As for the prevalence of error, Dr. Wong noted a landmark report from the Institute of Medicine entitled To Err Is Human (2000), which estimated that up to 98,000 lives are lost annually as a result of medical error. Numerous national and international studies have looked at patient charts and screened for adverse events. The Canadian Adverse Events Study found that ~8% of hospital admissions are associated with adverse events; ~3% were preventable. Given this prevalence, Dr. Wong stated that anyone who works as a health professional in the hospital setting will eventually note errors. If one is witnessed there is sound reason for reporting it; the goal is to allow system-wide learning and performance improvement to take place, and to prevent future harm.

    Dr. Wong advocates that all three categories of errors (adverse events, medical errors, and high-risk near misses) be reported. While, upon query, most listeners concurred, he acknowledged that errors are not universally reported. The reasons are multifactorial: one, errors are not always recognized as such; two, there may be some fear of punishment or legal recourse; three, there may be a perception of the cumbersome nature of error reporting or staff may not know how to report an error; troublingly, there may be perception that error reports are not reviewed/acted upon. Dr. Wong emphasized that reporting is not equivalent to disclosure (defined as telling a patient that an error has occurred).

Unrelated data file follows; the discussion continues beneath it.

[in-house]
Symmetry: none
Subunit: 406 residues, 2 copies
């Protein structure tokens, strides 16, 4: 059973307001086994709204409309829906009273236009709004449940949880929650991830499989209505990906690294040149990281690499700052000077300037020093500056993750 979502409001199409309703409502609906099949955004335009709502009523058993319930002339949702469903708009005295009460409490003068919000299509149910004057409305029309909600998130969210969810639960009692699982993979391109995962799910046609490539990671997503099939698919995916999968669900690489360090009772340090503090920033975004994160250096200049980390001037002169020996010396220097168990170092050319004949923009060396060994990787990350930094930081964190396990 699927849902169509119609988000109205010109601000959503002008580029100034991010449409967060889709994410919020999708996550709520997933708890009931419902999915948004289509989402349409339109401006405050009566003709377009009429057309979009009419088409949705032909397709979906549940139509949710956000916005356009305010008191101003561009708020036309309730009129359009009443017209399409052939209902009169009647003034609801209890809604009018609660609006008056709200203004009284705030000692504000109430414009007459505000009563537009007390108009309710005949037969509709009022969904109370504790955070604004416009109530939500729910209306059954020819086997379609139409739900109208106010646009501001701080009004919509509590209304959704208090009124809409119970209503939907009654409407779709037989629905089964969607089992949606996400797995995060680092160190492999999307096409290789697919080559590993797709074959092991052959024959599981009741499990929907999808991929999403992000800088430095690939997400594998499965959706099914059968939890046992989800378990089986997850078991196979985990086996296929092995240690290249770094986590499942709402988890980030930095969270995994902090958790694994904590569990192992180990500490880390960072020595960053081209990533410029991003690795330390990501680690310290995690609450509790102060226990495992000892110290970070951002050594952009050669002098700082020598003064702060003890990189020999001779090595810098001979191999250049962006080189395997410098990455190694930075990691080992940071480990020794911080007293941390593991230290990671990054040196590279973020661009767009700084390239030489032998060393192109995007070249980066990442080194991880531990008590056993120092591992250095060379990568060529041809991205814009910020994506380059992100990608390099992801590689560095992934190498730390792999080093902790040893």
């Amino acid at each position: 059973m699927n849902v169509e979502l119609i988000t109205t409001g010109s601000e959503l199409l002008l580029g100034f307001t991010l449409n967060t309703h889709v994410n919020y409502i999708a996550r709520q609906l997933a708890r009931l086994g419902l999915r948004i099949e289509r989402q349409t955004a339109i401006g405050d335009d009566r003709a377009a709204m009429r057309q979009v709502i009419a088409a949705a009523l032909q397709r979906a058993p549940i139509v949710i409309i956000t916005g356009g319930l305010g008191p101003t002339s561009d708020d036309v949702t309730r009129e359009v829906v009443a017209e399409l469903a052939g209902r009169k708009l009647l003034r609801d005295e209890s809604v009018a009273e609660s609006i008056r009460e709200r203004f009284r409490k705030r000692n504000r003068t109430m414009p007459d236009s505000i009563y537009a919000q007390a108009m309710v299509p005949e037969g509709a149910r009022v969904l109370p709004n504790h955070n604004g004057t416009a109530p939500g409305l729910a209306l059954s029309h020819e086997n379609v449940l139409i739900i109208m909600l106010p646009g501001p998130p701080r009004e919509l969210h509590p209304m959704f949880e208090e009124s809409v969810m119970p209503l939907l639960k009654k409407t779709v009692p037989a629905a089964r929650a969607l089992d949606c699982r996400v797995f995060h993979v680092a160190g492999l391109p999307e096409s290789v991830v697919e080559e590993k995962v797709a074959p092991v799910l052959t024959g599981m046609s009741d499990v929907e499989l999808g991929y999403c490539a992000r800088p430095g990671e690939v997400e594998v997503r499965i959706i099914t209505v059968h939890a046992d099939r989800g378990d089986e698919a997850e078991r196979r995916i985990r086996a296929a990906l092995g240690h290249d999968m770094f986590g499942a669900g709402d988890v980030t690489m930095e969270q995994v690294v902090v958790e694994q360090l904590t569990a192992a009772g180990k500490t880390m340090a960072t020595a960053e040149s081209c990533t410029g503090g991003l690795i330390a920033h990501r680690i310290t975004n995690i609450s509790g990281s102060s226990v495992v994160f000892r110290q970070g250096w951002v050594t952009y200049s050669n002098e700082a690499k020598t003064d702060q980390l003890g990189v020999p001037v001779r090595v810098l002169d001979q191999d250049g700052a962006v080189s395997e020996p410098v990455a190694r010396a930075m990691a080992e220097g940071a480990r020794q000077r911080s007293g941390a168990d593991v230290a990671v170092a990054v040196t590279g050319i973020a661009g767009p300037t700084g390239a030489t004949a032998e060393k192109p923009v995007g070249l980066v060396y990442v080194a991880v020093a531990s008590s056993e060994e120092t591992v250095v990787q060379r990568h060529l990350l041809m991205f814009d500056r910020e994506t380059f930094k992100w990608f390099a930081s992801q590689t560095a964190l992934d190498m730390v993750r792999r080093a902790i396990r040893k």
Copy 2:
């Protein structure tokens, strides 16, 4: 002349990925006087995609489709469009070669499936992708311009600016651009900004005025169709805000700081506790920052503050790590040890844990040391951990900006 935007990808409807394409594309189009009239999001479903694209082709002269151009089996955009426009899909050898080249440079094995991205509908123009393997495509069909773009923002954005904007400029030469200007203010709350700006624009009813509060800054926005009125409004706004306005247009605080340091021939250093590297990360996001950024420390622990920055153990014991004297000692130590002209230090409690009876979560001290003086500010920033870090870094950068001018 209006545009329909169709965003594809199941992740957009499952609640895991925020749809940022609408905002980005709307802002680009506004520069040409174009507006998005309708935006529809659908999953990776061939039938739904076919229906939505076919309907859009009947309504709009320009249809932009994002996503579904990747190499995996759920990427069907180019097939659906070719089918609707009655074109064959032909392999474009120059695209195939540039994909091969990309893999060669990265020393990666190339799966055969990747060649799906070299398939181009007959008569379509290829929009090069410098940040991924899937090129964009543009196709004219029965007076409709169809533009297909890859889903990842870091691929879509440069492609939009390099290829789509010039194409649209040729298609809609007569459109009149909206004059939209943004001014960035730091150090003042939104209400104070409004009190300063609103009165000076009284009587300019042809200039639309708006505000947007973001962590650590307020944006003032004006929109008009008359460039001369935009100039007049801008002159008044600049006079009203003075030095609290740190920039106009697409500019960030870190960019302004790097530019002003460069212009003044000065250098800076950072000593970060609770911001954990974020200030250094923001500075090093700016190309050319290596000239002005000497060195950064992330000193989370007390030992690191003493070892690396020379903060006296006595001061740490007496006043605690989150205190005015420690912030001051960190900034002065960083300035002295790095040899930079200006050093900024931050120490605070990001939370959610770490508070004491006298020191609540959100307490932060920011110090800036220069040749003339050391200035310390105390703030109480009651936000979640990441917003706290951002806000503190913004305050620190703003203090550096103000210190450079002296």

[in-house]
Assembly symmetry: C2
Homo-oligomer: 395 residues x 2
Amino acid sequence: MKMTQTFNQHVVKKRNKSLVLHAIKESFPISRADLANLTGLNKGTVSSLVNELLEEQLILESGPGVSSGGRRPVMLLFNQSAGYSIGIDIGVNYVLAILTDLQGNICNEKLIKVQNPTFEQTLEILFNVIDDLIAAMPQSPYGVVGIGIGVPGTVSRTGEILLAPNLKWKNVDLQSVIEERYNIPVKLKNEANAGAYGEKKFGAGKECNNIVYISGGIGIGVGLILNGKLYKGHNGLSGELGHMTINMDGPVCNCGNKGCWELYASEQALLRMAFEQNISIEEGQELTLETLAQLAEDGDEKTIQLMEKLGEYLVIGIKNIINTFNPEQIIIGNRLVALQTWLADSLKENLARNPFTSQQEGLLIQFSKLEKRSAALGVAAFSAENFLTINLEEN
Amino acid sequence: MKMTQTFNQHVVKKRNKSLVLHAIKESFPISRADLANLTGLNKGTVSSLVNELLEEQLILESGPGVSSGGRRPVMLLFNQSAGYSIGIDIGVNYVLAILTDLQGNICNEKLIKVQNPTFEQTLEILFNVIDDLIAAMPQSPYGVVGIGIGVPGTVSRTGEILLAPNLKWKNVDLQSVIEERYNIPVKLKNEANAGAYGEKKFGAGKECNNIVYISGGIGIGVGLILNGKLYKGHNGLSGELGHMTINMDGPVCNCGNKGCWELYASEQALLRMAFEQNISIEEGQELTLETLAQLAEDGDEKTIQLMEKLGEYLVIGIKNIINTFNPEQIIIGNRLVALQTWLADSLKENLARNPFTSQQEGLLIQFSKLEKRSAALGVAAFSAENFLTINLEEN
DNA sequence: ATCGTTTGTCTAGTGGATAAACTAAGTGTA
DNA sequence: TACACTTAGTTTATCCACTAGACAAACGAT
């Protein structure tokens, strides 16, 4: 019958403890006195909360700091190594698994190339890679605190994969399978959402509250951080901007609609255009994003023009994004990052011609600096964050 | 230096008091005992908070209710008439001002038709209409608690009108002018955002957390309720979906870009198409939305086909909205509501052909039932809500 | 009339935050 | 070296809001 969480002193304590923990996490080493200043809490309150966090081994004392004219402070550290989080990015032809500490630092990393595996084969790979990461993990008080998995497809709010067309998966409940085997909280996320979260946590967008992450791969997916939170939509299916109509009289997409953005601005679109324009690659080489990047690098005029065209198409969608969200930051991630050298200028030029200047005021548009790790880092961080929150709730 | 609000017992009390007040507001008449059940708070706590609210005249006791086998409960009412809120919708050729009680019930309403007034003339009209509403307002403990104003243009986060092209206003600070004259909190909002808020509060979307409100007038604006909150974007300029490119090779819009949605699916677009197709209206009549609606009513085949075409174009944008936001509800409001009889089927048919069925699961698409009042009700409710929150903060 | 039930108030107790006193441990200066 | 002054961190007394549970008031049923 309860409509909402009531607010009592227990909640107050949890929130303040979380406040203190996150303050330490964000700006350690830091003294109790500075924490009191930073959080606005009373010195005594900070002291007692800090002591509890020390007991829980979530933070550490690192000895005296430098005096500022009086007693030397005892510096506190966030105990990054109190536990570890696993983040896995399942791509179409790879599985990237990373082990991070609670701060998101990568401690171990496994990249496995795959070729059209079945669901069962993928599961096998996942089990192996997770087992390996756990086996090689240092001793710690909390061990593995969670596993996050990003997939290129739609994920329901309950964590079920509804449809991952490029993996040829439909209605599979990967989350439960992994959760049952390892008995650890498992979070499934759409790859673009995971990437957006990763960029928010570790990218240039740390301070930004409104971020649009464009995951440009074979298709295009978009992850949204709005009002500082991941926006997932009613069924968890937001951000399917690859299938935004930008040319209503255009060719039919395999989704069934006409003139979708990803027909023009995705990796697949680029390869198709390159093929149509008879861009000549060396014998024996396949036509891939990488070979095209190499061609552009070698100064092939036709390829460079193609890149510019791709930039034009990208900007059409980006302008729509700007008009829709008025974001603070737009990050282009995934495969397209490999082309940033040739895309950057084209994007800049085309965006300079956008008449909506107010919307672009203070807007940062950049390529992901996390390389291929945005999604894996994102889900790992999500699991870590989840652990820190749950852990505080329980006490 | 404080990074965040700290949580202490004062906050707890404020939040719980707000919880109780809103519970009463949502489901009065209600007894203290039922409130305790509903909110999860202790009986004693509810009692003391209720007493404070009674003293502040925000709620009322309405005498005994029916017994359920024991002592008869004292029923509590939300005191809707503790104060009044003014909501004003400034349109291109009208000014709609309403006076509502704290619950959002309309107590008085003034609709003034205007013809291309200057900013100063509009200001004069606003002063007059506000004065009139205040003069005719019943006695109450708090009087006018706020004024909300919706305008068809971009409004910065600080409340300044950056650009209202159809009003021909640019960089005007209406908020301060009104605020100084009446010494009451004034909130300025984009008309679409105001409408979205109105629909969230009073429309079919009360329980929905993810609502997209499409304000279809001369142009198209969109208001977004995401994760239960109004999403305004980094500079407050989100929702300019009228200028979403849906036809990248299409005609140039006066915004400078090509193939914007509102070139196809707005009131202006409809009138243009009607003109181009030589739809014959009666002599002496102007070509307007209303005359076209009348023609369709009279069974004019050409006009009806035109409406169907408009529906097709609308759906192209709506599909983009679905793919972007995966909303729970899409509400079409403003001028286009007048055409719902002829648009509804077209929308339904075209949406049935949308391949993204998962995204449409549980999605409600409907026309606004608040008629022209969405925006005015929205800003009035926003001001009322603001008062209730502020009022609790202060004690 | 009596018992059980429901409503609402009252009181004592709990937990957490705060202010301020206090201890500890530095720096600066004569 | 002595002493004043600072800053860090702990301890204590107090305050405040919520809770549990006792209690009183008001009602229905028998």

Dr. Wong offered the audience instruction in a technique to improve quality and safety (Figure 1). This involved presentation and practice with an error prediction and analysis tool known as Failure Modes and Effects Analysis (FMEA). This tool, taken from the field of engineering, predicts steps in a process prone to failure by using rational assessment measures of risk of error and harm; FMEA also aids in identifying the most important areas for process improvements.



     


    Working with this tool in clinical practice could involve reviewing an instance of medication error—for example, provision of an incorrect dose of insulin. How could patient safety in insulin dosage administration be improved? The FMEA analysis is a means of calculating every step of the process that involves insulin administration, illustrating where an error could occur.

    The first step is to map out the process, producing an algorithm of action. This produces a flow-chart representation of the process as it currently exists. Step two is to “Assign Failure Modes.” For each step in the process, one lists all possible “failure modes” in the process, or anything that could go wrong. For each failure mode, list all possible causes. Step three is to “Calculate a Risk Priority Number” (RPN), or assign a numerical value (1–10) to each one of three aspects of a failure mode (one, likelihood of occurrence; two, likelihood of detection; three, severity). In this final step, a number is assigned for each of the failure modes (one for lowest risk, 10 for highest risk). The calculus is the sum of the RPN = Occurrence x Detection x Severity.

    The higher the number, the higher the priority. The FMEA tool should highlight areas to target improvement efforts.

    Dr. Wong concluded with the hope that the tools presented would aid in identifying situations when a medical error has occurred and recognizing when errors should be reported, and promote better understanding of the important role error reporting plays in improving patient care.